Limitations and strengths

In this study, we limited our analyses to validated instruments available in the public domain. Therefore, although other instruments with various levels of validation or previous utilization exist as well, our results apply solely to these commonly used instruments of PHC evaluation. In addition, our mapping was independent of the instruments developers' initial intent and conceptualisation. Some instruments had a clear intent of capturing a broader array of attributes of experience of care (IPC, MMISS-21), some were specific to primary care (e.g. PCAS, PCAT) or to specific dimensions (e.g. PACIC). However, using common lexicon is strength. This study should not be seen as a summative assessment of the quality of the tools. Our intent was solely to map the instruments to a set of attributes being seen as important to evaluate in primary care [3].

In addition, our results are reflecting mapping of whole subscales. Mapping by items showed that some subscales cover more than one attribute. However, given that single items have much less capacity to represent constructs of interest and to measure PHC attributes validly, we believe that basing our study on subscales provided more insight into the real coverage of attributes.

We also could not assess the appropriateness of coverage of various attributes and have resorted to a simple covered/not covered dichotomy in our mapping. It would be interesting, in future research, to pay attention to the different aspects of specific attributes and to assess how the available subscales are measuring them. It could be that some tools cover more attributes than others but measure them only very superficially. Other tools that restrict their coverage may measure individual attributes in depth. However, for the purpose of evaluating PHC reforms, a balance must be struck between breadth of coverage and in-depth measurement. This study could not assess what that balance should be given the multiple contexts of PHC reform evaluation.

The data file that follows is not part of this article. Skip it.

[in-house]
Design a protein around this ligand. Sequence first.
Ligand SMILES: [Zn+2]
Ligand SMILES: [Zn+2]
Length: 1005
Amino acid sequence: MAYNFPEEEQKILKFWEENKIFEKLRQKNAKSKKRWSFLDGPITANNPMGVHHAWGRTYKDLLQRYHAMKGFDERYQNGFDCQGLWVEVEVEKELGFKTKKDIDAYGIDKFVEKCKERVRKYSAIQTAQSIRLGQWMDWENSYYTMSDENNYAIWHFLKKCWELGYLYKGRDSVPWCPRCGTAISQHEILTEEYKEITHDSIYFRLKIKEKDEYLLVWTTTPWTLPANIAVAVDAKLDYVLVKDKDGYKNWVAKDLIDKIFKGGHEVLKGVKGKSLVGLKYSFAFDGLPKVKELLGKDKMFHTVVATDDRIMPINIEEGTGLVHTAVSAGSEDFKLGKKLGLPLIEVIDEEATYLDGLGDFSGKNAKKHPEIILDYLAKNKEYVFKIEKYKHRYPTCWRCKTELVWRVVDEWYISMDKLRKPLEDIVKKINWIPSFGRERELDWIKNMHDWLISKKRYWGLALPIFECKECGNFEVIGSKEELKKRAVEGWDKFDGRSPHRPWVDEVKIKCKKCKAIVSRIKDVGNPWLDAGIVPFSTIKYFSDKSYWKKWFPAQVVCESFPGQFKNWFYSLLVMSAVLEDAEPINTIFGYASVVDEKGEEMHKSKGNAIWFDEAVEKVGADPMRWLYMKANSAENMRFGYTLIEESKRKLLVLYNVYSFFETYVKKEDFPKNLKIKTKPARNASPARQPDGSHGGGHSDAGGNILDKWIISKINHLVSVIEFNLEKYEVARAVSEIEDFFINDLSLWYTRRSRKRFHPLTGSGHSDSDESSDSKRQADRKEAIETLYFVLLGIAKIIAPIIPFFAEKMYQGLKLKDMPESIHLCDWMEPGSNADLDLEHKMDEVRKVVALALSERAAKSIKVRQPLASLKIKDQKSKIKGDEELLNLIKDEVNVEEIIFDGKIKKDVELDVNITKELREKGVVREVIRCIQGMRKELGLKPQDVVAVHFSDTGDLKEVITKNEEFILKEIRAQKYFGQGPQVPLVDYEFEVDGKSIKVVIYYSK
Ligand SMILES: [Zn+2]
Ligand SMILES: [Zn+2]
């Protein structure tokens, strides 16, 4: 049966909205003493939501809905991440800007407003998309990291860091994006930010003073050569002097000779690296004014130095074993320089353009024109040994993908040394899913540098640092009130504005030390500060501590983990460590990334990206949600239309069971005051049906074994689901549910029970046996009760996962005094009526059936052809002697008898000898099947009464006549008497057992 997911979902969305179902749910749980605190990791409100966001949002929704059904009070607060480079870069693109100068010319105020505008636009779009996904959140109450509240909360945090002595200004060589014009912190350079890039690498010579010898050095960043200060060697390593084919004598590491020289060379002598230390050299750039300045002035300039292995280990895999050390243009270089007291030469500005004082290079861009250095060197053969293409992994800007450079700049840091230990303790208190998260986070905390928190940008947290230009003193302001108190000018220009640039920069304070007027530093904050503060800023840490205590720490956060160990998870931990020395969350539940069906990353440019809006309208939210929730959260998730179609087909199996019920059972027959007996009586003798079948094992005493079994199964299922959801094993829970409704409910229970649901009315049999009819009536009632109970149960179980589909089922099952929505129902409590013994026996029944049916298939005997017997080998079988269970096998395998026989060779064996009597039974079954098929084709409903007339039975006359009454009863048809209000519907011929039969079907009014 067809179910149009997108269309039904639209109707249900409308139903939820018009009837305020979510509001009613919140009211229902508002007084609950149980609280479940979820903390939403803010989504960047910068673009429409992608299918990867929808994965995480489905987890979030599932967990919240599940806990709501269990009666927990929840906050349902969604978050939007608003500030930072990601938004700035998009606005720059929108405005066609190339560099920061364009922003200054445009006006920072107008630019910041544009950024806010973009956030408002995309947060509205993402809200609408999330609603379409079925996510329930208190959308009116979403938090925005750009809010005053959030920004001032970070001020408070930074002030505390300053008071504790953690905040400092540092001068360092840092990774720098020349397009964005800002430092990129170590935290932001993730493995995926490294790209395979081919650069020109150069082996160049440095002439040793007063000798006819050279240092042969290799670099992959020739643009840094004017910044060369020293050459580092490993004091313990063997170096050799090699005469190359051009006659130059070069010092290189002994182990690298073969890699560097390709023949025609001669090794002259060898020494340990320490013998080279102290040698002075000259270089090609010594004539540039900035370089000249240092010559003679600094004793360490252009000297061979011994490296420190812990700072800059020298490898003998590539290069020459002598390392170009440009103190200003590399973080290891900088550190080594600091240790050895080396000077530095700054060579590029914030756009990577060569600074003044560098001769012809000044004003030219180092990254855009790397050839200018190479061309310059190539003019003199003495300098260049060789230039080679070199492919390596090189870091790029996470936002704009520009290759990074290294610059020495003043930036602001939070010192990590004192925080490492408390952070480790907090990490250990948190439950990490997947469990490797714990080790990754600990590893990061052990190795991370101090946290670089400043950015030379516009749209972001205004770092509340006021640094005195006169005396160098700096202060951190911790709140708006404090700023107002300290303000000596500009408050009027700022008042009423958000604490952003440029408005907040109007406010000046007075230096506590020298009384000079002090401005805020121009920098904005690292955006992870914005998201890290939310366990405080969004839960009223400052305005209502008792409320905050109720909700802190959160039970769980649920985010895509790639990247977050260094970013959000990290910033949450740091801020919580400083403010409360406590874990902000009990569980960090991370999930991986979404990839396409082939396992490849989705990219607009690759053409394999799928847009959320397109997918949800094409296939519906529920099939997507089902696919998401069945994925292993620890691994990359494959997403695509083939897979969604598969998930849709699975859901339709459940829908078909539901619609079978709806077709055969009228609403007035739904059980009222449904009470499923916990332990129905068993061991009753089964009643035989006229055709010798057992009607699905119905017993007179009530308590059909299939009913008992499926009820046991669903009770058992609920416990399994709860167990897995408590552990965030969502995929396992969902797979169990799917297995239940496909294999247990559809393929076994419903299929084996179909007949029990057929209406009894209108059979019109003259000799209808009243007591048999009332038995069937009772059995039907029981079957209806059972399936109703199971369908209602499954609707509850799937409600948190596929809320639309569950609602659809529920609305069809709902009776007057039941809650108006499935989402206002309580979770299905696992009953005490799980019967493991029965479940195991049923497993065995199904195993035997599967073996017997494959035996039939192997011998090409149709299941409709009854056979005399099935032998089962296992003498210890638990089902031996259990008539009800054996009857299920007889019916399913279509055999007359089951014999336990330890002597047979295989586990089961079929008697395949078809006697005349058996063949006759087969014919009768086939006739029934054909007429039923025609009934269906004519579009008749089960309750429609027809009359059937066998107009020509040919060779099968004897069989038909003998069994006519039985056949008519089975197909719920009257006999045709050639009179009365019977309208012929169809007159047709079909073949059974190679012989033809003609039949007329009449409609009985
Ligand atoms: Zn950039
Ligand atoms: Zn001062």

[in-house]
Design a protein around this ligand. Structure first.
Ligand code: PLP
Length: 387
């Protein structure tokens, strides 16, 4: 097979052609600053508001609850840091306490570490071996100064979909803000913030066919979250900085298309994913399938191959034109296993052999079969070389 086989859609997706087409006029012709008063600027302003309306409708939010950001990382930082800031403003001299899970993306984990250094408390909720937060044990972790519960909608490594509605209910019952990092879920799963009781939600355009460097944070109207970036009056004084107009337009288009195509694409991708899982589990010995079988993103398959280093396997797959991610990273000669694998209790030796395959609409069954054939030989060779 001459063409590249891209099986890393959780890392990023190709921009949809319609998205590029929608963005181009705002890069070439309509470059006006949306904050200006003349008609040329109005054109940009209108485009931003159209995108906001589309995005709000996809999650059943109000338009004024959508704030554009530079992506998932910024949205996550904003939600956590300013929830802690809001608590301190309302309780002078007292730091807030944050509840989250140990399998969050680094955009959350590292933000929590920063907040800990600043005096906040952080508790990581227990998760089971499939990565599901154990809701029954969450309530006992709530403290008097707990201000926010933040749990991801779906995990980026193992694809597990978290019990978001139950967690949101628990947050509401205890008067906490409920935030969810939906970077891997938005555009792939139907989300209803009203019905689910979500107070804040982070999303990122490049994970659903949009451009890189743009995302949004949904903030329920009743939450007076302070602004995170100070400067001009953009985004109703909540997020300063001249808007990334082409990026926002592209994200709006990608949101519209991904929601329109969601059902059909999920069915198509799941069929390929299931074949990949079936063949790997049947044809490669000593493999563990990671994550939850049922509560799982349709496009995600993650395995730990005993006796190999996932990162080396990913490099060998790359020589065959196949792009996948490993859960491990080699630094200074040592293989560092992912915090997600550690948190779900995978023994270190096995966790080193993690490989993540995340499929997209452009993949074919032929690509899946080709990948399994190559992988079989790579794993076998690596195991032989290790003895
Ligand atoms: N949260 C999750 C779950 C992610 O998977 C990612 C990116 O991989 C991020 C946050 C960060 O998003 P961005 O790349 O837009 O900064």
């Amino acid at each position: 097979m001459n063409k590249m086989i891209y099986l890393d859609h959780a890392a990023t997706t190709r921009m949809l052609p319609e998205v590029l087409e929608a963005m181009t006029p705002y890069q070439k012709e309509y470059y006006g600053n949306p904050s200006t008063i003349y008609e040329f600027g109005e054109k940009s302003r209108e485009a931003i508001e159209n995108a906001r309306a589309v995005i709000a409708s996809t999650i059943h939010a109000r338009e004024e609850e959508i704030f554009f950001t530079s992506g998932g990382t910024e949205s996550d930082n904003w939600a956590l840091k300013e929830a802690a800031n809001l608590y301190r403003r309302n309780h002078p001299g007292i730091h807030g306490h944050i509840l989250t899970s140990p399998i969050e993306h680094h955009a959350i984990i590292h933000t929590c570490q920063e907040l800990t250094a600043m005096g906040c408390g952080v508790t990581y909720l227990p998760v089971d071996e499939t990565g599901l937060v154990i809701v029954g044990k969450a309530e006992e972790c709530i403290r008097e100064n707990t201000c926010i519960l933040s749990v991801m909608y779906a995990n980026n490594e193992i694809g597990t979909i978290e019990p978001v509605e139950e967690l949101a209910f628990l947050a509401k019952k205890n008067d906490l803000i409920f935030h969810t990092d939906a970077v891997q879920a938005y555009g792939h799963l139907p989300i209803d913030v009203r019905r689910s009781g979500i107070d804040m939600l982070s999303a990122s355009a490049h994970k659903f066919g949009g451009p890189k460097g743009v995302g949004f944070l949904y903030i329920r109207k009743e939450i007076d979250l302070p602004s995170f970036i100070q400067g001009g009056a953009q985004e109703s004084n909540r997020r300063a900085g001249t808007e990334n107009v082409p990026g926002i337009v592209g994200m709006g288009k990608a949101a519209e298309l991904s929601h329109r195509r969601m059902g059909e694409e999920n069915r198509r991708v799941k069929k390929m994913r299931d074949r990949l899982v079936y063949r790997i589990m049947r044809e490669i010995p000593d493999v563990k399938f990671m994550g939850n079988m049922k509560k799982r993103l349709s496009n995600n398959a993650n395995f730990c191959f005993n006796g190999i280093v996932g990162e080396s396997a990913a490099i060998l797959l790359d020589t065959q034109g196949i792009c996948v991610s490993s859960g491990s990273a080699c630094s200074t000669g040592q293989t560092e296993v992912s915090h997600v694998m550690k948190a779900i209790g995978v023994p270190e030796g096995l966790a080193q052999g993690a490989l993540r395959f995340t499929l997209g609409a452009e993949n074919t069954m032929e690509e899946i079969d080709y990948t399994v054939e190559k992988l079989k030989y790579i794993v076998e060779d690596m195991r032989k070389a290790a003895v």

Our study captured the vast majority of validated tools currently available to measure experience of care from the patient perspective. We did not aim at assessing the validity of currently used non validated tools. However, many non validated tools borrow from the concepts being measured in the comprehensive set of validated tools we found. Many of these non validated tools are also very descriptive in nature, aiming at reporting facts about the experience of care more than aiming at measuring reliably an underlying construct. Therefore, we feel confident that this does not represent a major issue for our study.

We used operational definitions of attributes developed by a panel of recognized Canadian experts that represented a common understanding of PHC and its desired outcomes in the Canadian context (internal validity), but do not guarantee that the results can be generalized to other contexts (external validity). However, we could argue that trying to involve experts from various settings might have resulted in the identified attributes not being useful for the Canadian context. On the other hand, such a panel of experts would most certainly have achieved consensus on the core attributes of accessibility, continuity, comprehensiveness of services, and person-centeredness, which are the most measured. We therefore feel that our results are applicable to many contexts sharing similarities with the Canadian health system.

In addition, given that our study used published validated tools as a base of comparison, our study could not assess the coverage for more recent constructs related to patients' experience, such as self-efficacy, shared-decision making, participation and enablement. Future studies should pay attention to this both in terms of complementing the existing validated instruments with items and scales that can capture these constructs as well as in evaluating their psychometric properties.

Conclusion

A comprehensive assessment of PHC requires measuring different attributes. The available validated instruments to evaluate the quality of PHC from the patient perspective leave many important attributes uncovered, but they do address most attributes that are considered essential. For a complete assessment of PHC quality, existing tools will need to be improved and/or new evaluation instruments developed.

Competing interests

The authors declare that they have no competing interest.

Authors' contributions

JFL and JH designed the study and analyses plan, conducted the analyses, drafted a first version of the manuscript and finalise the manuscript. GB realised the scoping of questionnaires and classification of items. DG, MDB, RP and DS participated in the interpretation of findings and revised earlier versions of the manuscript. CB participated in the analyses and classification of items. All authors read and approved the final manuscript.

Pre-publication history

The pre-publication history for this paper can be accessed here:

http://www.biomedcentral.com/1471-2296/13/20/prepub